unfamiliar place, parents who are 100 meters away might as well be in a
Unfortunately, the Piers Morgan interview demonstrates that those
lessons involving humility and honesty have not been learned by Gerry
and Kate. It's just more of the same: softball questions, slick
answers, and the blame game. The most telling excerpts:
Piers Morgan (PM): Why didn't you just pay to have a
nanny if you wanted to go out to dinner'
Gerry (GM): We did what we thought was best'.If you're
children are asleep upstairs in a bedroom and you're dining (outside) in
the garden, you can't hear them. And that's the similar thing to me.
PM: But most people's homes are secure. (The resort)
wasn't a secure property. People could come in off the street'
GM: It gets back to the safety issue. We did not
perceive an element of threat. Child abduction is so rare. Why
would you have ever thought that someone would have entered the
apartment and steal your child' It just didn't enter our head.
Kate: We've been through all these questions, day in and
day out'.we felt really safe'.and there's no way we would have taken a
GM: (These questions on our behavior) take the
focus away from the abductor, and that becomes quite frustrating for
us'.Those responsible for taking her are still at large.
question comes to mind for our well-to-do globetrotting celebrities
(both physicians who could have easily afforded a nanny or babysitting
there a change of seasons on your planet'
Give Gerry credit. He actually said those things with a straight
face. As far as Piers, he dropped the ball and let them off the
hook. Same old story.
Perhaps he could have followed up just a bit more on the
'dining-in-the-backyard is the same as being out at a restaurant,'
pointing out that Gerry couldn't see the room (it was blocked by a
six-foot wall) and was barely within earshot of the apartment even if an
adult had screamed, let alone a child crying in distress.
Piers, it appears, isn't ready for prime time.
the 'element of threat'' Why is it only kidnapping, in hindsight,
that Gerry sees as the threat' I've been to resorts in that area
of Portugal. Guess what' The floors are hard as rock, because in
many instances, they are. So the possibility never occurred to the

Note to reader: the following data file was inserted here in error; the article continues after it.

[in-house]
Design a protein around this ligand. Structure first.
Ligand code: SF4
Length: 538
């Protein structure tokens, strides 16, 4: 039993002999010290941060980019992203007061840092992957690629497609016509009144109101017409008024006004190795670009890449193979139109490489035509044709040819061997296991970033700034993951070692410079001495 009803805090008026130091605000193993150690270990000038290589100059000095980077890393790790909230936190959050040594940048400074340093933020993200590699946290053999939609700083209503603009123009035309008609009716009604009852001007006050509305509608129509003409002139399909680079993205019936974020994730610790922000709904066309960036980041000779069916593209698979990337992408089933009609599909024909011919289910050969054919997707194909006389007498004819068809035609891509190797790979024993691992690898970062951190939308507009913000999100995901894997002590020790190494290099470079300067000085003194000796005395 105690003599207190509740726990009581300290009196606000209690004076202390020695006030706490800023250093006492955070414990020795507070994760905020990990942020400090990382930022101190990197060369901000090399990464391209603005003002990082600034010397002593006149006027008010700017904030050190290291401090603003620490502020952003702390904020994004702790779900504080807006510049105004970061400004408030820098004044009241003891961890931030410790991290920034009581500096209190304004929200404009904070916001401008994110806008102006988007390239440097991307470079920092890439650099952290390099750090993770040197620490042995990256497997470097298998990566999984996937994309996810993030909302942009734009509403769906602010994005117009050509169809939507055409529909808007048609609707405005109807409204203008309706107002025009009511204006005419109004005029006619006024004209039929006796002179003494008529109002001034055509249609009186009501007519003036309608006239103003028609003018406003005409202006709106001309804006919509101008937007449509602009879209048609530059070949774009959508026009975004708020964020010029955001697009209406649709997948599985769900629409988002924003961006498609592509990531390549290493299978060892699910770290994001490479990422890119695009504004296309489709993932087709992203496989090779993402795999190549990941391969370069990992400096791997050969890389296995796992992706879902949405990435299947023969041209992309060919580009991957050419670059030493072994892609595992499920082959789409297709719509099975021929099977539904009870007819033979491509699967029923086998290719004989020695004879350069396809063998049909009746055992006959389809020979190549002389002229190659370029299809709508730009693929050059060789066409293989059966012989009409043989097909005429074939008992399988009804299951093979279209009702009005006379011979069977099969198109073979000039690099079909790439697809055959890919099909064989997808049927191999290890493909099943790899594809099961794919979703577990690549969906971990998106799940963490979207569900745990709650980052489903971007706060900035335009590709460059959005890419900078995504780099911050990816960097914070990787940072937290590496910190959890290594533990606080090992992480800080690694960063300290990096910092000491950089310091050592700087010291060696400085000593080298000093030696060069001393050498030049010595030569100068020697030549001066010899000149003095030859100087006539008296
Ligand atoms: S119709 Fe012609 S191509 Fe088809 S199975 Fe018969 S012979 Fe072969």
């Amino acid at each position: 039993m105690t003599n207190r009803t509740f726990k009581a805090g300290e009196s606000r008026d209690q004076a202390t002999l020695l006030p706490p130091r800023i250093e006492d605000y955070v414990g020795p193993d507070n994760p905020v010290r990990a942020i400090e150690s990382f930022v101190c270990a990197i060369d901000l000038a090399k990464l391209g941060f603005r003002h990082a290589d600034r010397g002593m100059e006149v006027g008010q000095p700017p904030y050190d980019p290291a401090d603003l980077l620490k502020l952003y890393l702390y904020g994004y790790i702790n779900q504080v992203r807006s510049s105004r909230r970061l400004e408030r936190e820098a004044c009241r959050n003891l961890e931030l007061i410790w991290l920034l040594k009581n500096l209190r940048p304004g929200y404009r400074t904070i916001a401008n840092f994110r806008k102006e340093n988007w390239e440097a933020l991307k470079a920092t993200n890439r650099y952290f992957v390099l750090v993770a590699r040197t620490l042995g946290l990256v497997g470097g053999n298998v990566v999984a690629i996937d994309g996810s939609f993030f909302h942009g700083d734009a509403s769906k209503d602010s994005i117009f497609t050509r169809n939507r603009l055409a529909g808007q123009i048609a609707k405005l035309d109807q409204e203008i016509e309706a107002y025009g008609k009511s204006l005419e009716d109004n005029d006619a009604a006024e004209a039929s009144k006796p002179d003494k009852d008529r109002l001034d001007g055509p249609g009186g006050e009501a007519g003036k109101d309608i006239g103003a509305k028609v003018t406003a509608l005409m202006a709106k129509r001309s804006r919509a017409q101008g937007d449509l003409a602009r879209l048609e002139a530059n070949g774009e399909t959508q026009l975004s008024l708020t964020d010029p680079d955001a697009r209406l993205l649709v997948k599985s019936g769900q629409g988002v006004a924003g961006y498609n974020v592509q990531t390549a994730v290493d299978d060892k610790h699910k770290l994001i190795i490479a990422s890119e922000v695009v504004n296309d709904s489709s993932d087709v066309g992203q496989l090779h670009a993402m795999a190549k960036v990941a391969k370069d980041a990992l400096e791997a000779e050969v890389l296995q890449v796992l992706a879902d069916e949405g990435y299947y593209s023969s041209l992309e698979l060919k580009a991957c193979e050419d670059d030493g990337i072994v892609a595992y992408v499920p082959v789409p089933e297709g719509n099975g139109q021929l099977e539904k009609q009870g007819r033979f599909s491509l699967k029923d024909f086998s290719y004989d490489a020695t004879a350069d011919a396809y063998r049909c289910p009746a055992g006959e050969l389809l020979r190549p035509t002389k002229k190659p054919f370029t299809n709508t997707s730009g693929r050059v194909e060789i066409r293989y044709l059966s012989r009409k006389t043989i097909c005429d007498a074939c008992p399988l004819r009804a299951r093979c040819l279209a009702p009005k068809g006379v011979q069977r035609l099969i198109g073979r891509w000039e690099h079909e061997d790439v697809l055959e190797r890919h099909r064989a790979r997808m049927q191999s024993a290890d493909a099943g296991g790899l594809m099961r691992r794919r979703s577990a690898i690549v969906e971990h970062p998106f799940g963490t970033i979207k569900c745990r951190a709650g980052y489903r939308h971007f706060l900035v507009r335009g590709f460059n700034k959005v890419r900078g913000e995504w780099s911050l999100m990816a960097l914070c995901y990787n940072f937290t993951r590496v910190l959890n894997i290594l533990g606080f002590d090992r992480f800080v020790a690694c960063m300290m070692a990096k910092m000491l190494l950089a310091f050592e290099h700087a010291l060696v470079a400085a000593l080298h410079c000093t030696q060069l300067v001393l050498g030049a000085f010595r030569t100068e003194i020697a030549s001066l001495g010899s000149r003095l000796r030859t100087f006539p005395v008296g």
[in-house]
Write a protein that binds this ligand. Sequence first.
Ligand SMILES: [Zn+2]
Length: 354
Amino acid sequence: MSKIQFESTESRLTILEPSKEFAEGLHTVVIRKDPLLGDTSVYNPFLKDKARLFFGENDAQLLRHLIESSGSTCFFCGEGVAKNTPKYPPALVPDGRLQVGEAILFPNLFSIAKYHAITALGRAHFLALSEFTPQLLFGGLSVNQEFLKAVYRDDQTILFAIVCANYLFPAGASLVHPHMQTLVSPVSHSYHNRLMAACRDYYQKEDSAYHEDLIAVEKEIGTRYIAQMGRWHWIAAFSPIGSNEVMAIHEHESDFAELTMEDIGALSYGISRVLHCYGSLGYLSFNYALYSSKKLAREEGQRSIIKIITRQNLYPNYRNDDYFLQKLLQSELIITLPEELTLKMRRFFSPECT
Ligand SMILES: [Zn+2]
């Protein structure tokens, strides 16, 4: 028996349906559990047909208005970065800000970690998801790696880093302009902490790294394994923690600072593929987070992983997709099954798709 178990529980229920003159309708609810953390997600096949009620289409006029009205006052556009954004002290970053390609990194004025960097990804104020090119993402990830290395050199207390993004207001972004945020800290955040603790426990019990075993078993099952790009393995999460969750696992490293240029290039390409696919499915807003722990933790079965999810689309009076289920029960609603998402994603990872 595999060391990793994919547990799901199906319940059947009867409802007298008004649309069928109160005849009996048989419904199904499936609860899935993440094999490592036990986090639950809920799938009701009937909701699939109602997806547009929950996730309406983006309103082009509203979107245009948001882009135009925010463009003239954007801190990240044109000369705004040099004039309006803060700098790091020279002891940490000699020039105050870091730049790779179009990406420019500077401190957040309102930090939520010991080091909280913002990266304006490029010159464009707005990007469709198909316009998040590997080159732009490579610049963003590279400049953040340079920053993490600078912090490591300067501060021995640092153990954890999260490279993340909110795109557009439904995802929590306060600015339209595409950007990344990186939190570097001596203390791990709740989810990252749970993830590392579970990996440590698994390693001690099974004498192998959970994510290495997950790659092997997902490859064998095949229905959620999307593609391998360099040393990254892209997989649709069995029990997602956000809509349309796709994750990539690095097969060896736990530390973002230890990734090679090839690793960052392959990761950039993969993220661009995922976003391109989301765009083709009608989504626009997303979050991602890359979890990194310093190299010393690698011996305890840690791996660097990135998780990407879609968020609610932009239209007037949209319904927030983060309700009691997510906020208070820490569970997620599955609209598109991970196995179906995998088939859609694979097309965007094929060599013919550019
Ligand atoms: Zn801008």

McCanns that an unsupervised Madeleine could playfully jump on the bed
--- and fall off' And if she did, how would checking on the
children every half-hour help if she broke an arm --- or skull'
What about little children getting into medicine and overdosing'
Or simply walking out the unlocked door and into a dangerous world ---
one very close to the ocean'
if there had been a fire, would Madeleine, with her whopping three years
of life on Earth, be expected to save herself and the twins'
Perhaps most interesting, were the McCanns' valuables locked in the
safe, as some state' If so, why --- if there was no 'element of
threat'' Smart doctors surely would not have left their children
alone in an unlocked room if there was even a remote threat of burglary.
risks to the McCann children are obvious to all who possess common
sense, and, one would presume, to two well-respected doctors. But
Gerry and Kate once again failed to admit what is apparent to most
people: negligence has consequences. So when Gerry expresses frustration
that focusing on the McCanns' behavior takes away from the search for
the abductor, he still doesn't get it.
and Kate need to admit that by looking in a mirror, they will instantly
see who is most 'responsible' for Madeleine's disappearance, since, by
definition, she wouldn't have gone missing or been 'kidnapped' had an
adult been present.
Then, and only then, will Gerry's and Kate's long road back to
credibility begin. And that is the best thing possible for little
Chris Freind, an accredited
member of the press, is an independent columnist, television
commentator, and investigative
reporter who operates his own
His extensive collection of columns questioning the McCanns for their
negligence can be found in his website's archives.
Readers of his column, 'Freindly Fire,' hail from six
continents, thirty countries
Freind, whose column appears regularly in Philadelphia
Magazine and nationally in
and all fifty states. His work
has been referenced in numerous publications including
The Wall Street Journal, National
Review Online, foreign newspapers, and in Dick
recent bestseller "Catastrophe."
also serves as a frequent guest commentator on talk radio and
state/national/international television. He can be reached at